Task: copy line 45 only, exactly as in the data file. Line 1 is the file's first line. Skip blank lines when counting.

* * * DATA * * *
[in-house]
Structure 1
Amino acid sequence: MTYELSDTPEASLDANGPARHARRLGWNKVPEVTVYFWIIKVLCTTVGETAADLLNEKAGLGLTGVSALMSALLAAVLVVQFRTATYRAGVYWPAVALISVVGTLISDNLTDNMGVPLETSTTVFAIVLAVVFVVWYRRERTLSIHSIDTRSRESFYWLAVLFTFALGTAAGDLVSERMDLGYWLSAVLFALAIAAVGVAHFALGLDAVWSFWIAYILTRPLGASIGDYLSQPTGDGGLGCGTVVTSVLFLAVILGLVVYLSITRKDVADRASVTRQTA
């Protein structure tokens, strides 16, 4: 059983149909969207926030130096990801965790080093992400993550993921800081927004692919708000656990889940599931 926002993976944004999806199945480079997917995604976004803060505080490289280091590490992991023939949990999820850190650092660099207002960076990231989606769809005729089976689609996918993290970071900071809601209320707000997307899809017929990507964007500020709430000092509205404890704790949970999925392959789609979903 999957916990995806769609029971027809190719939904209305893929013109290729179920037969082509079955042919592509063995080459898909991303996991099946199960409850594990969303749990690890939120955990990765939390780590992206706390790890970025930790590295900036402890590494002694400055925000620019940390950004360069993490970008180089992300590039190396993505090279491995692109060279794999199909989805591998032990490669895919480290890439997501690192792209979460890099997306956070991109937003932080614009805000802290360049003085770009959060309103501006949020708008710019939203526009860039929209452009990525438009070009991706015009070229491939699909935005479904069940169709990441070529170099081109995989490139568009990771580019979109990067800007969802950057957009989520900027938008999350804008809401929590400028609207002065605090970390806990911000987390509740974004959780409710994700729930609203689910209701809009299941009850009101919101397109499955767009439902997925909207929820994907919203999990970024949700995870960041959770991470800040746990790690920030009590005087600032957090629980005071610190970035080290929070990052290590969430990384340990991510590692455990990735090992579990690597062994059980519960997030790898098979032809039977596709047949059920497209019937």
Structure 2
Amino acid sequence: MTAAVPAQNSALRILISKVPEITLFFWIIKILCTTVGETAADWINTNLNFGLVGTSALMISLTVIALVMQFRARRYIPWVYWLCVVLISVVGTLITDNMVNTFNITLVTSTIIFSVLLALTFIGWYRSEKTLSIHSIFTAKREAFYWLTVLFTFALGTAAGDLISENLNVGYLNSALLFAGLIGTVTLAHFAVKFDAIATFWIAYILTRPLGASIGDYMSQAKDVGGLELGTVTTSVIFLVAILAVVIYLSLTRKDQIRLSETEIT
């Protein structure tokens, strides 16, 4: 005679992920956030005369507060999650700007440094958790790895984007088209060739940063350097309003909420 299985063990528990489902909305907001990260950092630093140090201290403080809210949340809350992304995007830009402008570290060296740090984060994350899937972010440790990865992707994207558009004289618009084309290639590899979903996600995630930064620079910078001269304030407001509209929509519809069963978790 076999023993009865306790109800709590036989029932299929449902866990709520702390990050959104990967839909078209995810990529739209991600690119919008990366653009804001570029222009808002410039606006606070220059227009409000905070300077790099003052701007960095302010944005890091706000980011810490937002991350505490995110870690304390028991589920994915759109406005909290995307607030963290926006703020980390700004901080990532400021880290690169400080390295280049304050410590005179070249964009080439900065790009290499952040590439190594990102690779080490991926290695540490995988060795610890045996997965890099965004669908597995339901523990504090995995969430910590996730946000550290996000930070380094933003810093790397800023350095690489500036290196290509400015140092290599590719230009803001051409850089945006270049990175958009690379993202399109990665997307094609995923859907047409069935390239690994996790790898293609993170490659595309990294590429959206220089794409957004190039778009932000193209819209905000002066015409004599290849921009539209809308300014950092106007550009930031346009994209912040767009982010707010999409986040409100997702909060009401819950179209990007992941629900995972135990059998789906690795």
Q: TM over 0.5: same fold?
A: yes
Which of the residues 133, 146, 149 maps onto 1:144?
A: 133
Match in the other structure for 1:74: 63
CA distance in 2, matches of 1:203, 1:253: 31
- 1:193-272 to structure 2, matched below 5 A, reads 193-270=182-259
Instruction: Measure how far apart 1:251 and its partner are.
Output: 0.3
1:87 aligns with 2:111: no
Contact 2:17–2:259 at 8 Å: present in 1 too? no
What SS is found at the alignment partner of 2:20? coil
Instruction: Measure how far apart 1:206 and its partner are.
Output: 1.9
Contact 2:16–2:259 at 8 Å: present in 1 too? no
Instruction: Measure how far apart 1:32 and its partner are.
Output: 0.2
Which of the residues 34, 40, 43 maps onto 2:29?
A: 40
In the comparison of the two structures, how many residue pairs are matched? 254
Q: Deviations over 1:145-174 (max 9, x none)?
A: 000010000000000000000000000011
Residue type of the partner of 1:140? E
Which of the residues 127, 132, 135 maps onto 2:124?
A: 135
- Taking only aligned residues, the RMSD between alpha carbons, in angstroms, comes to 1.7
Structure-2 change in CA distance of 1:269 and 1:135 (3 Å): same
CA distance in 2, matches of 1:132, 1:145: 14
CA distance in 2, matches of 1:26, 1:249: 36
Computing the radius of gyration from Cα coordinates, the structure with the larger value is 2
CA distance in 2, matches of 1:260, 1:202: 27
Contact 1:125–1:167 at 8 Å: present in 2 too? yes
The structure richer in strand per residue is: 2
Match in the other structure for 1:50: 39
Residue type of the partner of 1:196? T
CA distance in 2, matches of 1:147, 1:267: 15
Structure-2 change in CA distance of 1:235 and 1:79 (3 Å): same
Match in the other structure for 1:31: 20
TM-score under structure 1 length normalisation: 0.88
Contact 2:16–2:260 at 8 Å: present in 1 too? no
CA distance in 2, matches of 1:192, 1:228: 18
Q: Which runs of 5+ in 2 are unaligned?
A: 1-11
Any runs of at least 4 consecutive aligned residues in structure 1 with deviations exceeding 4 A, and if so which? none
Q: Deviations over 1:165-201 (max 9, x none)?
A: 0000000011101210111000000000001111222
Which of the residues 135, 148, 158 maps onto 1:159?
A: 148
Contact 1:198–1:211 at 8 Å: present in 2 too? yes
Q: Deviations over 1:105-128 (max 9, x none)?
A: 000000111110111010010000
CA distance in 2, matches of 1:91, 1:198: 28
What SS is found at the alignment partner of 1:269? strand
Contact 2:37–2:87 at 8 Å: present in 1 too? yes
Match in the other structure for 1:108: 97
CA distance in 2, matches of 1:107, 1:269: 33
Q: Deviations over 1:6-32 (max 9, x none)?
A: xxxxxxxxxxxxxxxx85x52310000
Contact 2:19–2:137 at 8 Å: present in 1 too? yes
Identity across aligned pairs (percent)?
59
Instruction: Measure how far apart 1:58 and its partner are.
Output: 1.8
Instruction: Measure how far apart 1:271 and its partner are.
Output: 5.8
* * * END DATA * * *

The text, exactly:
Match in the other structure for 1:31: 20